Mention Edgar Allan Poe to most anyone and they'll likely conjure images of black ravens, tell-tale hearts, premature burials and haunted palaces. With The Murders in the Rue Morgue (1841), the short-story writer, poet, editor and literary critic invented modern detective fiction, and his often-macabre work is still widely studied in schools today.
In the movie The Raven, opening Friday, John Cusack plays the legendary author, who teams with a young Baltimore detective to investigate a series of crimes perpetrated by a serial killer using Poe's writings as inspiration.
With this in mind, we thought it'd be fun to scare up a list of other films in which famous writers play prominent roles.
J.M. Barrie (1860-1937)
Never miss a local story.
'Finding Neverland' (2004, PG)
Inspired by his friendship with the Davies boys, whom he later assumed guardianship of, J.M. Barrie created the ultimate fantasy in Peter Pan, a rambunctious boy who can fly and never grows up. In the film, Johnny Depp plays the Scottish novelist and playwright as a sincere, soft-spoken, highly imaginative, seemingly asexual man-child, playing games with the boys, making faces, dressing in silly costumes and wrestling with a large stuffed bear.
Depp as Barrie is believable and moving, and, despite his unconventional relationship with the Davies family, he never seems creepy or inappropriate. Kate Winslet as the boys' mother, Sylvia Davies, complements Depp's performance nicely.
Truman Capote (1924-1984)
'Capote' (2005, Rated R)
Best known for the novella Breakfast at Tiffany's (1958), which was made into a film starring Audrey Hepburn, and the "true crime novel" In Cold Blood (1966), which was adapted into three films and a TV miniseries, the diminutive, openly gay Truman Capote was also an acclaimed short-story writer and a popular talk show guest.
Capote chronicles the writer's time researching and writing In Cold Blood, a project he poured himself into mind, body and (tortured) soul, interviewing police officers, the killers and neighbors of the murdered family. Philip Seymour Hoffman's uncanny portrayal of the toddler-voiced writer truly captures the quirky qualities that made Capote unique.
Ernest Hemingway (1899-1961)
'Midnight in Paris' (2011, PG-13)
At the 2011 Cannes Film Festival press conference for Midnight in Paris, writer/director Woody Allen talked about his satirical characterizations of Ernest Hemingway, Salvador Dali and other Jazz Age writers and artists. "I wasn't trying to make them meaningful and deep and profound," he said. "I was just trying to make them amusing and entertaining."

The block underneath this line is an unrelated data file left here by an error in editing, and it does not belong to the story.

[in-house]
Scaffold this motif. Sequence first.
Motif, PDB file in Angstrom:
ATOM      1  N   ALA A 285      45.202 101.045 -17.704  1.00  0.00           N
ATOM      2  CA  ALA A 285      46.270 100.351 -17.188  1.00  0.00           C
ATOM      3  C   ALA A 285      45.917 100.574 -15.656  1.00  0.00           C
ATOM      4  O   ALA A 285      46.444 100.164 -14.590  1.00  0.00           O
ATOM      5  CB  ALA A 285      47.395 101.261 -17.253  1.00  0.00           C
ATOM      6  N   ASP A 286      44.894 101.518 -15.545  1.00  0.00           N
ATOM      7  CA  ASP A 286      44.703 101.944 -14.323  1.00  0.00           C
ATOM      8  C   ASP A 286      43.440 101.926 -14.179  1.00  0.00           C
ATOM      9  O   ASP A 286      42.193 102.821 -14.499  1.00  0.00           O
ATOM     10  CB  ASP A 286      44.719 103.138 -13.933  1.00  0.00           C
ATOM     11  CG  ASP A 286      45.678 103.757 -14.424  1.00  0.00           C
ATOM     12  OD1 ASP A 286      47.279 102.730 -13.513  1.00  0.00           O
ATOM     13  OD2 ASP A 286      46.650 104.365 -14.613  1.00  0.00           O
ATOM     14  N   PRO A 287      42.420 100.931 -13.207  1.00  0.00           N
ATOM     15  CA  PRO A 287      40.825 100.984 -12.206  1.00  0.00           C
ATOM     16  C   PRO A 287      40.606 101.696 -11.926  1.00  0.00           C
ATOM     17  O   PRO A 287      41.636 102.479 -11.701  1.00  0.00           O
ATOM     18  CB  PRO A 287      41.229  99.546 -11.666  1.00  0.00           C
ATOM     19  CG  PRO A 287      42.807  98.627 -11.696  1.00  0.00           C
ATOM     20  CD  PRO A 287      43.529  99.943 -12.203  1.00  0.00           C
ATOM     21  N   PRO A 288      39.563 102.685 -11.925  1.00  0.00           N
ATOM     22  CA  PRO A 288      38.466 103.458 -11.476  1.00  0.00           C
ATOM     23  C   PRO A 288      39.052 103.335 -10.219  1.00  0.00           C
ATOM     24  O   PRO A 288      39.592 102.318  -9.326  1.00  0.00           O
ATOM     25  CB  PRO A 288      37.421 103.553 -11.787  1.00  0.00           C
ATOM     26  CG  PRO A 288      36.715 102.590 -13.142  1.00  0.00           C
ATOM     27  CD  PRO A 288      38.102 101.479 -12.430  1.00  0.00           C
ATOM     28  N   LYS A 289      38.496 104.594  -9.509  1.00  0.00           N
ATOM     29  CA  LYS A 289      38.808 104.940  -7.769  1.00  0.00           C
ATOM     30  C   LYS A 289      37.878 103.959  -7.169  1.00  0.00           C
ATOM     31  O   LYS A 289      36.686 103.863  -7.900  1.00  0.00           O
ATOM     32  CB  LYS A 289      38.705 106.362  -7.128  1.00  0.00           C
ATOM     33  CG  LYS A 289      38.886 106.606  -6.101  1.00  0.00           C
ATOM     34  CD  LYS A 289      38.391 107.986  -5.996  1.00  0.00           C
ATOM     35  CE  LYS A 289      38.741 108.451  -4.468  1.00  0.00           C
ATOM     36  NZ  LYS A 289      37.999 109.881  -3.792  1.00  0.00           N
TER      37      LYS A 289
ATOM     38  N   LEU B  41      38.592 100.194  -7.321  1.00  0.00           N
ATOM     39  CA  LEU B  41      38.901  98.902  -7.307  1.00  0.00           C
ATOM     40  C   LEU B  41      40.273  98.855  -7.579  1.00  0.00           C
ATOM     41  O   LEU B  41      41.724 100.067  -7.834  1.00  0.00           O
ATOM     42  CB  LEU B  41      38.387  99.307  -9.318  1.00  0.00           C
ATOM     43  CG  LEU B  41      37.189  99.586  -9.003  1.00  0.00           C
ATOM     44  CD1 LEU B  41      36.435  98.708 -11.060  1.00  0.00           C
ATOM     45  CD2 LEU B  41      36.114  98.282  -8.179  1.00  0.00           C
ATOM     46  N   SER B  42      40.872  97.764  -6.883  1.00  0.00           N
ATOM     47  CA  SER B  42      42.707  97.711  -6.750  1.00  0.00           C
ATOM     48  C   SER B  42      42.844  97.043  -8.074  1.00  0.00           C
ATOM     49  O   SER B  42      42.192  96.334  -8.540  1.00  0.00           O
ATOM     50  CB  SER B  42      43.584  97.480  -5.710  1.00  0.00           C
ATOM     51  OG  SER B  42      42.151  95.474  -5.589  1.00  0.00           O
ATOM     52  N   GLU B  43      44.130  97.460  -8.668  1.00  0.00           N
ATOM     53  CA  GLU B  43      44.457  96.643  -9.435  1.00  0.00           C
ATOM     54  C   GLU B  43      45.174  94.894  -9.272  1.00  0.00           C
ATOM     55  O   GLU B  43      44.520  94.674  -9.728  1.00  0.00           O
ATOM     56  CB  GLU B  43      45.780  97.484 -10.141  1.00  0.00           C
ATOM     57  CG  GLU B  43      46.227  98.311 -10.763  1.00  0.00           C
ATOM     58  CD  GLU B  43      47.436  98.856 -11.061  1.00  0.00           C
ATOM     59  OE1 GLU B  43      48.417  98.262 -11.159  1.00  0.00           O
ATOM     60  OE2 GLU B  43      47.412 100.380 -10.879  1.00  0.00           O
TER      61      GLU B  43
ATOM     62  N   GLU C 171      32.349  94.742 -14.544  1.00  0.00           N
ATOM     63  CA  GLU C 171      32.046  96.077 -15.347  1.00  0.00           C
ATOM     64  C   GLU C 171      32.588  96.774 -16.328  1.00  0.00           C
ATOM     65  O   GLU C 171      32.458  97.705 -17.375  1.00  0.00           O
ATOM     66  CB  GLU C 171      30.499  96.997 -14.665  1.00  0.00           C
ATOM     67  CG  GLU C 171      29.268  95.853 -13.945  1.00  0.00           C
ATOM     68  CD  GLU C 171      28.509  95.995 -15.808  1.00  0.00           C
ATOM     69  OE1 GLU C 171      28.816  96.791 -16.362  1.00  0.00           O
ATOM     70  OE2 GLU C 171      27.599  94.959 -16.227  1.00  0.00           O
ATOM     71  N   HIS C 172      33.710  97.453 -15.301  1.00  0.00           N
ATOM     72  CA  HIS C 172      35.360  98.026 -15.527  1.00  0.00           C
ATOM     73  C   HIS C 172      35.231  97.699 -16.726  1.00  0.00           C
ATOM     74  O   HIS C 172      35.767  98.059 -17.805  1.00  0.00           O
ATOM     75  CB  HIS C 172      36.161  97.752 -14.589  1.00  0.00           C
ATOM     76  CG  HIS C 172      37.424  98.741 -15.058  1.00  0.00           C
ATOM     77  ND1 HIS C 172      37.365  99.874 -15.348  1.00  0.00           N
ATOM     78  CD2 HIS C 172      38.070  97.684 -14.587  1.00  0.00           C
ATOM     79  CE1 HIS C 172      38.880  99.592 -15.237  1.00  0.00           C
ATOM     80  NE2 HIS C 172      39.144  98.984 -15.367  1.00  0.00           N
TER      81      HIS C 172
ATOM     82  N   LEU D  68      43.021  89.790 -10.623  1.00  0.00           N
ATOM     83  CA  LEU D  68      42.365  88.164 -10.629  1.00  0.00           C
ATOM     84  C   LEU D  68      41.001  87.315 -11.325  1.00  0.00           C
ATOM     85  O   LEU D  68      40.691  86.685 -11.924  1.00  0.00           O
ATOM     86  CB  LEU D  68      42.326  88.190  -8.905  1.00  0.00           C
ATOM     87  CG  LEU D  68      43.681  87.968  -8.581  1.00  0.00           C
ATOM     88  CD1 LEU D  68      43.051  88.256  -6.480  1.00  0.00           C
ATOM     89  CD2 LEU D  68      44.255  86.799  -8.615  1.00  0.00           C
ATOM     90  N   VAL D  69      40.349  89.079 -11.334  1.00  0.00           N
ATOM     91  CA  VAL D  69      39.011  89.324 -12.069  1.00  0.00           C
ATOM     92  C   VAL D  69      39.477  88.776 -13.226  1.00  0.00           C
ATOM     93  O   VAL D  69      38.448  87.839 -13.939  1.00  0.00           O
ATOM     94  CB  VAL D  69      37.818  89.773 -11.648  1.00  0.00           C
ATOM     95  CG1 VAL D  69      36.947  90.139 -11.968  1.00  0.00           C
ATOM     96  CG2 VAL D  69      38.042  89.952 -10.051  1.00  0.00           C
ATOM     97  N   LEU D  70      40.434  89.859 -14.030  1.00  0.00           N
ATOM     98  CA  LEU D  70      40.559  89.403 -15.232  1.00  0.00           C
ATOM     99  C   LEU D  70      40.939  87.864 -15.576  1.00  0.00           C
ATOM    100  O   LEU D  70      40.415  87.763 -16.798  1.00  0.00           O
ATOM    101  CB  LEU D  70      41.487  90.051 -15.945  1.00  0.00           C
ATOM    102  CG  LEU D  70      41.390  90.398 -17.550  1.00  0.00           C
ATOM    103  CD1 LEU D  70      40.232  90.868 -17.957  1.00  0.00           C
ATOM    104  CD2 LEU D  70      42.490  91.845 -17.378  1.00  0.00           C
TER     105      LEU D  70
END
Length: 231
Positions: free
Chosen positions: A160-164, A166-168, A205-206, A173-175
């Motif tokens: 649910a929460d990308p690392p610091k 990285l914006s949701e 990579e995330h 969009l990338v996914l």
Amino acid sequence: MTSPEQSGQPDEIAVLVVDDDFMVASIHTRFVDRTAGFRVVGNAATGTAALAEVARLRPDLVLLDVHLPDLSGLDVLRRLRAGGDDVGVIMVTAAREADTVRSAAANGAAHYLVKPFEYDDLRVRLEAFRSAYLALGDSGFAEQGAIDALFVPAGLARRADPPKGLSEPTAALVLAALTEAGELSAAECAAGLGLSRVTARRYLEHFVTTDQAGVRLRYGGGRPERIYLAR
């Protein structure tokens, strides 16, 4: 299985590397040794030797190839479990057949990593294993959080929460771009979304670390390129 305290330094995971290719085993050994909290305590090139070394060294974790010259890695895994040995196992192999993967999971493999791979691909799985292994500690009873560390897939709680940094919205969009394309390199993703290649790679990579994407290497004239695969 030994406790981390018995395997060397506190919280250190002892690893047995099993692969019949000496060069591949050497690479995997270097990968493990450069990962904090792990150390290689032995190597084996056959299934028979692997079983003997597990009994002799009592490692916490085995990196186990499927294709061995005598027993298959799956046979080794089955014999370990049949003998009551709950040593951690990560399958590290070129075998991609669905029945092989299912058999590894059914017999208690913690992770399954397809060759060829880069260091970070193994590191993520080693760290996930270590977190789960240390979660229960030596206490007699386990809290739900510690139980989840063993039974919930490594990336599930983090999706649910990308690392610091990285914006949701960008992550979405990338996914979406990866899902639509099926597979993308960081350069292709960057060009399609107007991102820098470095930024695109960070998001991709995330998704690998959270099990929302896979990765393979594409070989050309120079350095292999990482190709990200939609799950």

As Hemingway, Corey Stoll is an egotistical, combative, hard-drinking caricature of the author, speaking in bold, cinematic proclamations and challenging aspiring novelist Gil Pender (Owen Wilson) to a boxing match to determine who is the better writer. Hemingway, who revolutionized 20th-century fiction with his terse, direct style, has never been so amusing.
C.S. Lewis (1898-1963)
'Shadowlands' (1993, PG)
Clive Staples Lewis was both a contemporary of fellow novelist J.R.R. Tolkien and a leading Christian apologist, penning such classics as The Screwtape Letters, The Problem of Pain and the "Chronicles of Narnia" fantasy series. He was also a distinguished professor at Oxford University.
Much like the man himself was reputed to be, Shadowlands, featuring the great Anthony Hopkins as Lewis, is quiet, understated, cerebral and contemplative. Romantic interest Joy Gresham, an American fan of Lewis played beautifully by Debra Winger, helps the author unbutton his buttoned-up life, making the dour dramatist shine in subtle and charming ways.
Dorothy Parker (1893-1967)
'Mrs. Parker and the Vicious Circle' (1994, R)
The most famous member of the legendary Algonquin Round Table, which was a group of Roaring Twenties-era intellectuals who met regularly for lunch and recorded their verbal exploits in print, Dorothy Parker is remembered for her quick wit, caustic poetry, satirical short stories and fondness for alcohol. She was also quite beautiful.